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tion, consists not of scattered individuals, but of individuals uniting, so far as circumstances may permit, in the open profession of his faith, and in the appointed worship of his holy name. There is, indeed, no spot of earth which may not be hallowed as a temple of Jehovah; but yet no inducement is held forth to selfish or solitary worship. All men, everywhere, are encouraged to seek the especial presence of their God; but all men, everywhere, are taught to gather themselves together in expectation of this blessing. In the light of our Saviour's doctrine, and with regard to his universal promise, none can say exclusively, “ The temple of the Lord, the temple of the Lord, are we;" and yet all are excited to exclaim,“ Behold how good and how pleasant it is for brethren to dwell together in unity!"

And, lastly, how glorious is this dispensation, as an introduction to that heavenly Jerusalem, concerning which St. John writes, “ I, John, saw the holy city, new Jerusalem, coming down from God out of heaven, prepared as a bride adorned for her husband. And I saw no temple therein, for the Lord God Almighty and the Lamb are the temple of it. And the city had no need of the sun, neither of the moon, to shine in it; for the glory of God did lighten it; and the Lamb is the light thereof." (Rev. xxi. 2, 22, 23.) “ To the which his heavenly kingdom, God the Father of mercies bring us, for Jesus Christ's sake, our only Saviour, Mediator, and Advocate, to whom, with the Holy Ghost, one immortal, invisible, and most glorious God, be all honour, and thanksgiving, and glory, world without end." (Homily against Peril of Idolatry.)

SERMON IX.

THE GLORY OF GOD IN THE PROPAGATION

OF THE GOSPEL.

PREACHED IN AID OF THE SOCIETY FOR THE PROPAGATION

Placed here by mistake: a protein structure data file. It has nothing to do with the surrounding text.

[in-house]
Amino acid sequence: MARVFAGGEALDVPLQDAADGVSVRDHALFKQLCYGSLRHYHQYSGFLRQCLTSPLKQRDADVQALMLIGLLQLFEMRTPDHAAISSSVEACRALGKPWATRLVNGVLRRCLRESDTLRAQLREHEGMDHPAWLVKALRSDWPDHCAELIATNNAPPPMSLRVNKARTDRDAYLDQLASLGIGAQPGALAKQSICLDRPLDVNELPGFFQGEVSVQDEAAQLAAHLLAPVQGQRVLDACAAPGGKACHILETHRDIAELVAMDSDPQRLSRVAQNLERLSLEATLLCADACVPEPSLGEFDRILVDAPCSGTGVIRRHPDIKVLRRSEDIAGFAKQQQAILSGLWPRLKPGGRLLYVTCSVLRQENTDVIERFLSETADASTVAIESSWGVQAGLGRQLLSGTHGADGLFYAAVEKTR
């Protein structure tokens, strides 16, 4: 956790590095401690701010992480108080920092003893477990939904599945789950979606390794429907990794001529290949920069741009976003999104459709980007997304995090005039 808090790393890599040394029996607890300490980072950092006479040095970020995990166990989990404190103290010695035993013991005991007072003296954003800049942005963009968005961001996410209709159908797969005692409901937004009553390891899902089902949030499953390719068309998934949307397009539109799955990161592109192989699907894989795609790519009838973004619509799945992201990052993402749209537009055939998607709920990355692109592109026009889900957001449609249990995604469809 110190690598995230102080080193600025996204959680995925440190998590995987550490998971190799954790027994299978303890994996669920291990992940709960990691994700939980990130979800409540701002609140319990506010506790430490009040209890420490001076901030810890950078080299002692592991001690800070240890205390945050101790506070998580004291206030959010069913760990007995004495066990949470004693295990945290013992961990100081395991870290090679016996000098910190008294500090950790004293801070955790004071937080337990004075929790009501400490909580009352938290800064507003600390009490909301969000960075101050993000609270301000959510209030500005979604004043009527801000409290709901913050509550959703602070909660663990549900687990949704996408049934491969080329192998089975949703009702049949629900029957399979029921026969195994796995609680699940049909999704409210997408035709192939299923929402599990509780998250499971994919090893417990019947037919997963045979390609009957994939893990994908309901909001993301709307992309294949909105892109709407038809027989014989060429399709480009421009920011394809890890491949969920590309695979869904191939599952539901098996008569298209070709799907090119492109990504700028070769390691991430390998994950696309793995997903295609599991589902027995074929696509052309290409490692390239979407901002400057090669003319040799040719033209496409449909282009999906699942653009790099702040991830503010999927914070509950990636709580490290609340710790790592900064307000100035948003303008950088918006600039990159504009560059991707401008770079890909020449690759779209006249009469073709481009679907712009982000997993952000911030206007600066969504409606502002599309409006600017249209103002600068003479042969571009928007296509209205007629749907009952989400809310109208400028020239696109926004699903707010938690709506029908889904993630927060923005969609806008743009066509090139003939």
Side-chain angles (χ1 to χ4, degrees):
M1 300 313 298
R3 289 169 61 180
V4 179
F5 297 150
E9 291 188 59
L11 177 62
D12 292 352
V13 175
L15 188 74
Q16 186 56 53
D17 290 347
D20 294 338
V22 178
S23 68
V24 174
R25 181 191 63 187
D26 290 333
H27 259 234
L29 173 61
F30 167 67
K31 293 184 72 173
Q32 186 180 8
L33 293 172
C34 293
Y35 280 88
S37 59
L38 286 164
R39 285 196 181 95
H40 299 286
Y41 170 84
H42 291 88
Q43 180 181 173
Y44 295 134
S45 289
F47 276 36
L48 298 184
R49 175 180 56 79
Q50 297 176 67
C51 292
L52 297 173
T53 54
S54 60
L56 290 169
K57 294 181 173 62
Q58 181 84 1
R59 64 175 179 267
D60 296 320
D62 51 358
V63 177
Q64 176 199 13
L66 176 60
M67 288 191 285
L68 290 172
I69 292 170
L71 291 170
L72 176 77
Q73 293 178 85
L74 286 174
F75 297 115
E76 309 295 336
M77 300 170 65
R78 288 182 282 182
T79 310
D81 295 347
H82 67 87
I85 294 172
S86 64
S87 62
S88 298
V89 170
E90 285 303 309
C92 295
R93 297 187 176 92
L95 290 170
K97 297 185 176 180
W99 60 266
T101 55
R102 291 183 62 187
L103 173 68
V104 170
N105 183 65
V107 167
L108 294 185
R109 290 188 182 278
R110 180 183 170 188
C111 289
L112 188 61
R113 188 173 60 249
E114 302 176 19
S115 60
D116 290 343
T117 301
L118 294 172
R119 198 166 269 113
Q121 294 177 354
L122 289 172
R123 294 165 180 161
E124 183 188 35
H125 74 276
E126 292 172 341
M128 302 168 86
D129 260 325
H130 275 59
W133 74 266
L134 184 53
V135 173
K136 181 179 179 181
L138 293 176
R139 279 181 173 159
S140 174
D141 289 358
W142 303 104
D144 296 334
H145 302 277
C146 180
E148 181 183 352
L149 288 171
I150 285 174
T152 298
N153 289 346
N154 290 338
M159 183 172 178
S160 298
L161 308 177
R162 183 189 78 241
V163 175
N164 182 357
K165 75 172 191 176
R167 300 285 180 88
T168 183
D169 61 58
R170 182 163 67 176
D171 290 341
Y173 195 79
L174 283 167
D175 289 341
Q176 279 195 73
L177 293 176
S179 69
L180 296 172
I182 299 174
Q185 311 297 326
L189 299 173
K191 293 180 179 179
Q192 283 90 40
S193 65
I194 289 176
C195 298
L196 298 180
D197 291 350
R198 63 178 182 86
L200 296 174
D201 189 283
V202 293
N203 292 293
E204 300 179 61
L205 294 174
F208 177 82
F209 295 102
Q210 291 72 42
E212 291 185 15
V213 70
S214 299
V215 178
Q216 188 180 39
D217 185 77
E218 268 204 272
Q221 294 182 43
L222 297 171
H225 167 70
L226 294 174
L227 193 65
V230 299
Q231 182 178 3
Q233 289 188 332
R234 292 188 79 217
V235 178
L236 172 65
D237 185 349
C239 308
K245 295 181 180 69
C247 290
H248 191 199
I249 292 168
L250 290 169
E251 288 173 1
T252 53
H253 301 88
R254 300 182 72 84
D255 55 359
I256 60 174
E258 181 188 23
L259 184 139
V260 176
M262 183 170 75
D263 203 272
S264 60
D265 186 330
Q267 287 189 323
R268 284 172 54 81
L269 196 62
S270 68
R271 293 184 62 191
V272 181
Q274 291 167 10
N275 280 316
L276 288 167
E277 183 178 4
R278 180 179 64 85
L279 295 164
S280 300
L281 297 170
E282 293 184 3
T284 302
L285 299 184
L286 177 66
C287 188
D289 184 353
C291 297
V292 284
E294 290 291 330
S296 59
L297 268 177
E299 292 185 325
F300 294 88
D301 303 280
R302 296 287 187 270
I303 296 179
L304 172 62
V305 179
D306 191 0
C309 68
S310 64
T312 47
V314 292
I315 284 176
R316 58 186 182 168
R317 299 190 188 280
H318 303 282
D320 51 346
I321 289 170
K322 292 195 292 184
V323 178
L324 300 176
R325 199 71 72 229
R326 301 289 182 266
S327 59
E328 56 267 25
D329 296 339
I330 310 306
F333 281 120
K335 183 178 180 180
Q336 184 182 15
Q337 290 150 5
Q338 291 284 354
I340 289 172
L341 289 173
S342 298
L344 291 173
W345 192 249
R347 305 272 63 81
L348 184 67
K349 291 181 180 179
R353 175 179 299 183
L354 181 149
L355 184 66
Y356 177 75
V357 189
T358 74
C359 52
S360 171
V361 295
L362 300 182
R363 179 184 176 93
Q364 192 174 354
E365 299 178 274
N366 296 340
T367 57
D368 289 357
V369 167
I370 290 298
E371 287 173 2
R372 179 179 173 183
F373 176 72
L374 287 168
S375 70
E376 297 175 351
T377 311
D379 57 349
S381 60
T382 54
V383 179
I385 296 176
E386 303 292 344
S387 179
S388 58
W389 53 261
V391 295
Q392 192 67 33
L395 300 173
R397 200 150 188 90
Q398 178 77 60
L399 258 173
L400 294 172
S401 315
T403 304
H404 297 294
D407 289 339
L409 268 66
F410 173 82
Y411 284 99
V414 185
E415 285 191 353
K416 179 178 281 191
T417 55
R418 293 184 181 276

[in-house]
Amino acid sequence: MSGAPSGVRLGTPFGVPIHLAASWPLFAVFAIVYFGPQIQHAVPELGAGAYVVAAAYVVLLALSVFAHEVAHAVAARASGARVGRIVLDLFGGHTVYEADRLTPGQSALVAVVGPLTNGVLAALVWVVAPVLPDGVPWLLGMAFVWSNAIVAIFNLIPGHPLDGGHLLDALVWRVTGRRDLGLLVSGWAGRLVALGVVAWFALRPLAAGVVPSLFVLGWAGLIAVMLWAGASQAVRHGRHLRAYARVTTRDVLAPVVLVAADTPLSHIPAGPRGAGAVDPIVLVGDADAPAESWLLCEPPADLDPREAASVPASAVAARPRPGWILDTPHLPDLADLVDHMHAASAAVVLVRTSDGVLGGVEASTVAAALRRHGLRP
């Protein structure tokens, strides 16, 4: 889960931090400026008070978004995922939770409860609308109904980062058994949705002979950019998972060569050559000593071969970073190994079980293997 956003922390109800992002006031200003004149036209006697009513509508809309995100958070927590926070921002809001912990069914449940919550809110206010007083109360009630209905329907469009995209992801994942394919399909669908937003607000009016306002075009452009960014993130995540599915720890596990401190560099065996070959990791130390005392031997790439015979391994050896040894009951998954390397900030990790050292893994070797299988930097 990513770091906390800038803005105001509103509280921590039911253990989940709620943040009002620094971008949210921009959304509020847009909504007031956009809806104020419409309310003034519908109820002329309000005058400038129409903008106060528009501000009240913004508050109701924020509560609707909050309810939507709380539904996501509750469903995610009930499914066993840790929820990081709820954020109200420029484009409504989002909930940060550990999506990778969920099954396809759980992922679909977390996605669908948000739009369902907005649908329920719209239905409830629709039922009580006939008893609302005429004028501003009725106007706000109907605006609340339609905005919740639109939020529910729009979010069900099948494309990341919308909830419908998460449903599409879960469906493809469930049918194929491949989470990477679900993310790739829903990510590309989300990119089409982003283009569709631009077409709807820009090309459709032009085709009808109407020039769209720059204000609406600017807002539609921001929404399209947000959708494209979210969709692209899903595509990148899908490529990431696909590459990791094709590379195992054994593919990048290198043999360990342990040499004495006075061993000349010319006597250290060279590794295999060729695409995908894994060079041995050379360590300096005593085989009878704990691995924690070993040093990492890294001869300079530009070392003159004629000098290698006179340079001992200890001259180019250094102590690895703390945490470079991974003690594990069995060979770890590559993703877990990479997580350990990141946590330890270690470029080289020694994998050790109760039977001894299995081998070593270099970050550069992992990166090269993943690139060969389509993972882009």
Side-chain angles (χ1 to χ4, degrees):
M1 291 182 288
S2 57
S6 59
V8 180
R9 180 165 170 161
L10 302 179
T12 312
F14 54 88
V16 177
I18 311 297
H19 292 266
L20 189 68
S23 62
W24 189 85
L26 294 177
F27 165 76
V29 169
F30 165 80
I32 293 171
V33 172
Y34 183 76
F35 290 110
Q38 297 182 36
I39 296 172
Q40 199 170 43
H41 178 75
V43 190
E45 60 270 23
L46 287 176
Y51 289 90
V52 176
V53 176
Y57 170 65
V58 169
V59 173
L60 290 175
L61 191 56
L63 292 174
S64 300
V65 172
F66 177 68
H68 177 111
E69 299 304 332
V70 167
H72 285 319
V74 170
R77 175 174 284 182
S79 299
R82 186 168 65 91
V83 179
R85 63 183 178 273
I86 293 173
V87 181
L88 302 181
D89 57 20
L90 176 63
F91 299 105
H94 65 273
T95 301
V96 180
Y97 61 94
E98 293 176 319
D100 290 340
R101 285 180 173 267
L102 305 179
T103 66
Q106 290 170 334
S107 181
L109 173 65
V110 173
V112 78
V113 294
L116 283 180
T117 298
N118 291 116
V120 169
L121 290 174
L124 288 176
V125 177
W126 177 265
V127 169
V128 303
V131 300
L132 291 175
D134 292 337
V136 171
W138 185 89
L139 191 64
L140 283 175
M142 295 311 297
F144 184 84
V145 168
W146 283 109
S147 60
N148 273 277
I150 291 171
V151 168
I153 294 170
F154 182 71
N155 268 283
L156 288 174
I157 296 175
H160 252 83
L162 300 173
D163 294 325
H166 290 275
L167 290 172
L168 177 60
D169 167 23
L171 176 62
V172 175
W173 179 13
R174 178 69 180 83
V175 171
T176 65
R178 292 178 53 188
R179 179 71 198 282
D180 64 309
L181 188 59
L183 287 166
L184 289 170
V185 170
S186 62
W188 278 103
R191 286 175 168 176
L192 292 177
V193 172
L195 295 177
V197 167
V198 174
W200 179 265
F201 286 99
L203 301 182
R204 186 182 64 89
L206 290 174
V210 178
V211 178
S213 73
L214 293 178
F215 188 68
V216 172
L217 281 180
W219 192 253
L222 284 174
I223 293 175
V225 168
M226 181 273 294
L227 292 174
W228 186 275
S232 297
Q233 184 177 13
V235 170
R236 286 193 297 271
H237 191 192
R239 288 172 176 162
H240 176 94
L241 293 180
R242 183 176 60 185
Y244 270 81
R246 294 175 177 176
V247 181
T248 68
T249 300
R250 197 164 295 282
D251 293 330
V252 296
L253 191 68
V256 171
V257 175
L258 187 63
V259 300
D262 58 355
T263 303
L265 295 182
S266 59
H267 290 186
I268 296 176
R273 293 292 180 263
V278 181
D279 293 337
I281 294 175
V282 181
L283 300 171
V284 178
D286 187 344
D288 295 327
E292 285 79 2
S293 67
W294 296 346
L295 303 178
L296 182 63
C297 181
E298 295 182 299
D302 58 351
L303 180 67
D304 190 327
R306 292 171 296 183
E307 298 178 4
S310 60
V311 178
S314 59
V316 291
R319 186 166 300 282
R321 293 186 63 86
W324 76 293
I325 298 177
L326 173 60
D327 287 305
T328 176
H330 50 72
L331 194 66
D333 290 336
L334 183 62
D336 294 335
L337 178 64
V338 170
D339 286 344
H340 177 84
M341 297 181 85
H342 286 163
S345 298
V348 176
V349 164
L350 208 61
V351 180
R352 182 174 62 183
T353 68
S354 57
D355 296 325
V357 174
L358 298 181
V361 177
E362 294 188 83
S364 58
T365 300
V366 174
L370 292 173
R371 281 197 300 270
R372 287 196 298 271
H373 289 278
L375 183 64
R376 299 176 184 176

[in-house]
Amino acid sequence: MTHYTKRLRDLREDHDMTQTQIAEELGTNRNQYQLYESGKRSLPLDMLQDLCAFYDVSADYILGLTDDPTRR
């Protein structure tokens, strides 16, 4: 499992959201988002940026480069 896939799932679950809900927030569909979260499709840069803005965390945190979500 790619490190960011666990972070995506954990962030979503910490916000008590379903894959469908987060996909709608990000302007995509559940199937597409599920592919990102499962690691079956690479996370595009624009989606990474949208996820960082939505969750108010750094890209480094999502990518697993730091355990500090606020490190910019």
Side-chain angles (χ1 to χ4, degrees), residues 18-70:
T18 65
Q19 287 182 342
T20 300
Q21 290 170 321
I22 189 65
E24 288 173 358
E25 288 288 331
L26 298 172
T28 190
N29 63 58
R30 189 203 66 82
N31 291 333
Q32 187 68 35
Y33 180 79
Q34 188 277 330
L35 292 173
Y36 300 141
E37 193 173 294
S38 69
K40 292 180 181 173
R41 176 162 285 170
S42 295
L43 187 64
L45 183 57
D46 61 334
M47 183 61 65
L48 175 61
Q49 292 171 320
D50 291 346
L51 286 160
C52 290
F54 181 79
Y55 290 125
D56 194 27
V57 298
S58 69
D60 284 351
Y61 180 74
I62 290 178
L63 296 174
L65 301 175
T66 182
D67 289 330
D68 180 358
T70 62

OF THE GOSPEL, AND THE CHURCH MISSIONARY

SOCIETY.

Psalm lxxii. 17, 18, 19.

His name shall endure for ever : his name shall be

continued as long as the sun : and men shall be blessed in him : all nations shall call him blessed. Blessed be the Lord God, the God of Israel, who only doeth wondrous things. And blessed be his glorious name for ever : and let the whole earth be filled with his glory. Amen, and amen.

In this psalm we have a sublime prediction of the establishment and spread of Messiah's kingdom, under the type of the reign of Solomon. And our text describes to us, especially, the sentiments of a true servant of God in the contemplation of this great event. Let me now invite you, my Christian brethren, to fix

your

attention upon the same happy prospect.

And let me entreat you to seek for that blessing from above, whereby we may all be enabled to consider this subject aright, in some of its more important and practical bearings.

The society which you are this day requested to support, has for its immediate object the extension of the visible church of the Redeemer upon earth. Its design is to provide for the preaching of the gospel of the grace of God,—the offering up of acceptable prayer and praise,-and the administration of the Christian sacraments, in lands which have long been enveloped in moral and religious darkness, misguided by vain superstition, or even abominably defiled by the professed public worship of the devil. Lend me your attention, while I set forth some motives which, I trust, may induce you to concur, with readiness and zeal, in the great cause of missionary effort.

I. Consider, in the first place, the grandeur of our object, and its harmony with Christian feeling and desire. Our object is no less than to promote the glory of God by contributing to the conversion and spiritual welfare of our fellowcreatures. All nations shall call the Redeemer blessed. “ Blessed be the Lord God, the God of Israel, who only doeth wondrous things. And blessed be his glorious name for ever; and let the whole earth be filled with his glory. Amen, and amen.”

The kingdom of Messiah, in its truth and power, is seated in the hearts of men, where none but God and blessed spirits can behold it. But it is formed and maintained, as you well know, within another which is external and visible. And let me now remind you, my Christian brethren, that the establishment of this external and visible church of the Redeemer does certainly promote, and does, in fact, include the establishment of that dominion which is eternal, spiritual, everlasting. This is an important consideration. It involves a principle of faith. There are, indeed, some benefits attendant upon the spread of Christianity, which even the eye of sense and reason may discover. The gospel, doubtless, advances the temporal welfare of mankind. Civilization goes hand in hand with our religion ; industry, order, and good government wait upon her footsteps round the world; and large multitudes of those who daily enjoy earthly comforts have reason, on that account, to rise up, and call her blessed. But, when we would estimate the

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